Radiator and Types of Radiator
Today we’ll discuss the cooling system of your vehicle and how it works, the cooling system in your vehicle consists of the Water pump, Radiator, Cooling fans as well as Thermostat. In this article, we’ll discuss Radiators, Radiator types and Radiator working.
What is The Radiator?
The radiators are heat exchangers used to transfer thermal energy from one medium to another for the purpose of cooling and heating.
A radiator is a device consisting of a large amount of cooling surface which contains large amounts of air so that it spreads through the water to cool efficiently.
The radiator has a wide range of application in automobile industries there are mainly used to cool the internal combustion engine in the automobile. They also used in piston-engined aircraft, Railway, locomotives, motorcycles, stationary generating plants and other places where such engines are used.
Radiators are classified according to the direction of the water flow through them. In some, the water flows from top to bottom-down flow type radiator. In other, the water flows horizontally from an input tank on one side to another tank on the other side-cross flow type radiator.
Radiators are usually made of copper and brass because of their high heat conductivity. The various sections of the radiators are almost completely joined by soldering.
Types of Radiator
There are two basic types of radiator
- Tubular type
- Cellular type
Tubular Type Core
In tubular type core, the upper and lower tanks are connected by a series of tubes through which water passes. Fins are placed around the tubes to improve heat transfer. Air passes around the outside of the tubes, between the fins, absorbing heat from the water in passing.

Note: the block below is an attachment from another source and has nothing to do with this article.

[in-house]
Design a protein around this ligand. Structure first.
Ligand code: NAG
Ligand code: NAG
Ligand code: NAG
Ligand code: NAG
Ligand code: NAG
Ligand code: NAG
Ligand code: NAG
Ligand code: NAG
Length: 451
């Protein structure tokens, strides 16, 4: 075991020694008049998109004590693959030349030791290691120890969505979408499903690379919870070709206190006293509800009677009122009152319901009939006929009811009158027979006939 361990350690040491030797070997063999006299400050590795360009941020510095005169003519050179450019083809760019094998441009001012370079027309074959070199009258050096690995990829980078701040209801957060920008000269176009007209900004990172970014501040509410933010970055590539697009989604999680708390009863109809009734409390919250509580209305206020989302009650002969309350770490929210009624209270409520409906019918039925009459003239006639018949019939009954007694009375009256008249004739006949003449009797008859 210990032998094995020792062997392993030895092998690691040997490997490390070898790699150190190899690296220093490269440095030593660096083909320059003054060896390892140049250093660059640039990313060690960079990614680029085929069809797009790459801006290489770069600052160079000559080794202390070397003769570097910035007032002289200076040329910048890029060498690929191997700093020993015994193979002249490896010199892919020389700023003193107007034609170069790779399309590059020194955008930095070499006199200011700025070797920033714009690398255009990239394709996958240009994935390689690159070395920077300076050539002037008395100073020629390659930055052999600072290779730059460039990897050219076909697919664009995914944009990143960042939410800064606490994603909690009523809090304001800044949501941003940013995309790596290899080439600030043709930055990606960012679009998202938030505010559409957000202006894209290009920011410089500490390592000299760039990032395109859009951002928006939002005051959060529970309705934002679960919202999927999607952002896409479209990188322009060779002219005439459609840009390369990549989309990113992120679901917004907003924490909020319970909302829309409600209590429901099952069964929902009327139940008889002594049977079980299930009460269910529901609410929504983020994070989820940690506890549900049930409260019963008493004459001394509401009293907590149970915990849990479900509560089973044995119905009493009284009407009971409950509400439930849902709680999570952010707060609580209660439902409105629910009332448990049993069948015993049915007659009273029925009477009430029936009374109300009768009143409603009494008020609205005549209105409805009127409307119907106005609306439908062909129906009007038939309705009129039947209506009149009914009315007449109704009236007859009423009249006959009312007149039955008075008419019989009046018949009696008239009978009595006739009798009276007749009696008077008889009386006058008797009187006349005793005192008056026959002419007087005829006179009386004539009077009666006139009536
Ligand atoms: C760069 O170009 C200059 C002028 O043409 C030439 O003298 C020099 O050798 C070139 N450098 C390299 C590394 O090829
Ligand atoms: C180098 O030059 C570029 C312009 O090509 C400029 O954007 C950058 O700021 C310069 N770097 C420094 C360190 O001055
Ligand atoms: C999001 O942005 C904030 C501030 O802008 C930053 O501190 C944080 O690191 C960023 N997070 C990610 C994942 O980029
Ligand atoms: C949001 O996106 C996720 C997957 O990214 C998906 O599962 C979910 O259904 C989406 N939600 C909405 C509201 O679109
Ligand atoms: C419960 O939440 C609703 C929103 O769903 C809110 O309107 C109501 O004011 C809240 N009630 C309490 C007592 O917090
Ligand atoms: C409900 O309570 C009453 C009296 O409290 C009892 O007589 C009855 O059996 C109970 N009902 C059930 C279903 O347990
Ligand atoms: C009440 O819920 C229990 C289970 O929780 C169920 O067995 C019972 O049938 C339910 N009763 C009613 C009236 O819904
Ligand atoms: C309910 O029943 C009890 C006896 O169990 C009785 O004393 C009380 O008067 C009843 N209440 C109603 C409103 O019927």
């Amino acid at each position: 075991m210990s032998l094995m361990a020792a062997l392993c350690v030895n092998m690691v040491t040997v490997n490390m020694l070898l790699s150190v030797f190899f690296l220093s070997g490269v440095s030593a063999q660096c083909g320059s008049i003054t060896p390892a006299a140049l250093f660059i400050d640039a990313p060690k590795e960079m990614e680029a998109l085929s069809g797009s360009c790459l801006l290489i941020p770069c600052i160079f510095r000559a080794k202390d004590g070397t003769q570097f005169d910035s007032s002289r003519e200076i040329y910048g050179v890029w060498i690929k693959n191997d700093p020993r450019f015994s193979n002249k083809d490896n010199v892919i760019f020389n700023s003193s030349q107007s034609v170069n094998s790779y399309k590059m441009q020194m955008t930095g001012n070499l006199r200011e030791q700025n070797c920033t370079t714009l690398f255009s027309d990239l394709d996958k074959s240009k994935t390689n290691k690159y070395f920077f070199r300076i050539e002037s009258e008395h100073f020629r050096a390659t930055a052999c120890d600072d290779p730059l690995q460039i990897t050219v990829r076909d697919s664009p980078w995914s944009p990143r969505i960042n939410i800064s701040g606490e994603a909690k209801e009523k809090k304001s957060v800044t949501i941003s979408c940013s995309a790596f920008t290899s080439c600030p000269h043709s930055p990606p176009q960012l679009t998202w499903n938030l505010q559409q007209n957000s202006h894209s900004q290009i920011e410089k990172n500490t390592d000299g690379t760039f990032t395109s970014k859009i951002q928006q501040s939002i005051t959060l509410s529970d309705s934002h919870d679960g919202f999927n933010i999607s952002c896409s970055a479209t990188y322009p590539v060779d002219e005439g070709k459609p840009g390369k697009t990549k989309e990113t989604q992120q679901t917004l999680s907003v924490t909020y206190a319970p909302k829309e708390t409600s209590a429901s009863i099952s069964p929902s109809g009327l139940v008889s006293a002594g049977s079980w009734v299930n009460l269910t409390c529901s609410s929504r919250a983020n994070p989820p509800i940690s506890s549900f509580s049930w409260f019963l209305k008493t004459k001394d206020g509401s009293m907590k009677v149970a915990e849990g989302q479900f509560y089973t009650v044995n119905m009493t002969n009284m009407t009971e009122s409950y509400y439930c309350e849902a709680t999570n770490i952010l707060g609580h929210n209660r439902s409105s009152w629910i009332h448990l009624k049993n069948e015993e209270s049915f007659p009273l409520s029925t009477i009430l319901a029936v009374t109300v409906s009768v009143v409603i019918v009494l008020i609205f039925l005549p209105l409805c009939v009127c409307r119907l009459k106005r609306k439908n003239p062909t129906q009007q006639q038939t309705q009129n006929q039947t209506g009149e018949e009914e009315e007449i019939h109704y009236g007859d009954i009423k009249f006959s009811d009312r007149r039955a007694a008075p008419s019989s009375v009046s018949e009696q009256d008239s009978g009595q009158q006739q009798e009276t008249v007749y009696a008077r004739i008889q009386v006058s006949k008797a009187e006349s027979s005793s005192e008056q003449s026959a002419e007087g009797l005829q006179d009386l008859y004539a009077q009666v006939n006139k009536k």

In a tubular radiator, because the water passes through all the tubes, if one tube becomes clogged, the cooling effect of the entire tube is lost. In a cellular. radiator, the clogging of any passage results in a loss but of a small part of the total cooling surface.
Cellular Type Core
In cellular type core, air passes through the tubes and the water flows in the spaces between them.
The core is composed of a large number of individual air cells which are surrounded by water. Because of its appearance, the cellular type usually is known as a honeycomb radiator, especially when the cells in front are hexagonal in form.
In a cellular. radiator, the clogging of any passage results in a loss but of a small part of the total cooling surface.
Read also: Types of Cooling System In Engine.
Construction of Radiator
It consists of an upper tank and a lower tank and between them a core.
- The upper tank is connected to the water outlet or outlets from the engine jacket by a hose pipe, and
- The lower tank is connected to the jacket inlet through the water pump.
- The core is a radiating element, which cools the water.
Radiator Working Principle
Radiator working principle:
The radiator is a pretty simple device. Nowadays most modern cars use aluminium radiator. Radiators usually have a tank on each side, and inside the tank is a transmission cooler.
In this type of radiator, you’re going to have an aluminium mesh. In this aluminium device, It consists of two ports inlet an outlet. Inside the radiator, there are tubes that mounted in a parallel arrangement. And the aluminium fins are attached to all of the tubes.
The Radiator working is very simple. In radiator, the coolant flows from the inlet to the outlet through many tubes mounted in a parallel arrangement.